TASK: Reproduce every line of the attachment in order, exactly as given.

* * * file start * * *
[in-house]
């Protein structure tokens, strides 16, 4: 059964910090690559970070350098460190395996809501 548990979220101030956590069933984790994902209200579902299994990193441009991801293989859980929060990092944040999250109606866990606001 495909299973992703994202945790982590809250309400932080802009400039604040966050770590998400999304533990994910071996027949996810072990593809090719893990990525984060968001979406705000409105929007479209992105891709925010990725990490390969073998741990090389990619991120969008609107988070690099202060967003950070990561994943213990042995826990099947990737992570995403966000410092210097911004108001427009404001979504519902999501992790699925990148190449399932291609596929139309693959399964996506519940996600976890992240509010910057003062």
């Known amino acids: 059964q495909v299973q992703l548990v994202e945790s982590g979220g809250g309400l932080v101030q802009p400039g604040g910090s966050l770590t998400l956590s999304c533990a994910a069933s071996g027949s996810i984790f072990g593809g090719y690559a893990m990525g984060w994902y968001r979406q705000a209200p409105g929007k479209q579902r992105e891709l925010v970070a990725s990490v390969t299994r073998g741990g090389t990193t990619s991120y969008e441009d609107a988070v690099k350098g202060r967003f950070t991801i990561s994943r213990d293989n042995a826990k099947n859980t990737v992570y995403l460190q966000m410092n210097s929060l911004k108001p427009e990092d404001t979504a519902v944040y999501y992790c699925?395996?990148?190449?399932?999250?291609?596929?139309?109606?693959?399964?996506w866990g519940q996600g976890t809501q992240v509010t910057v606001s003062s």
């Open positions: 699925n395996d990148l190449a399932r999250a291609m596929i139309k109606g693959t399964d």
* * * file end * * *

[in-house]
């Protein structure tokens, strides 16, 4: 059964910090690559970070350098460190395996809501 548990979220101030956590069933984790994902209200579902299994990193441009991801293989859980929060990092944040999250109606866990606001 495909299973992703994202945790982590809250309400932080802009400039604040966050770590998400999304533990994910071996027949996810072990593809090719893990990525984060968001979406705000409105929007479209992105891709925010990725990490390969073998741990090389990619991120969008609107988070690099202060967003950070990561994943213990042995826990099947990737992570995403966000410092210097911004108001427009404001979504519902999501992790699925990148190449399932291609596929139309693959399964996506519940996600976890992240509010910057003062």
């Known amino acids: 059964q495909v299973q992703l548990v994202e945790s982590g979220g809250g309400l932080v101030q802009p400039g604040g910090s966050l770590t998400l956590s999304c533990a994910a069933s071996g027949s996810i984790f072990g593809g090719y690559a893990m990525g984060w994902y968001r979406q705000a209200p409105g929007k479209q579902r992105e891709l925010v970070a990725s990490v390969t299994r073998g741990g090389t990193t990619s991120y969008e441009d609107a988070v690099k350098g202060r967003f950070t991801i990561s994943r213990d293989n042995a826990k099947n859980t990737v992570y995403l460190q966000m410092n210097s929060l911004k108001p427009e990092d404001t979504a519902v944040y999501y992790c699925?395996?990148?190449?399932?999250?291609?596929?139309?109606?693959?399964?996506w866990g519940q996600g976890t809501q992240v509010t910057v606001s003062s």
């Open positions: 699925n395996d990148l190449a399932r999250a291609m596929i139309k109606g693959t399964d």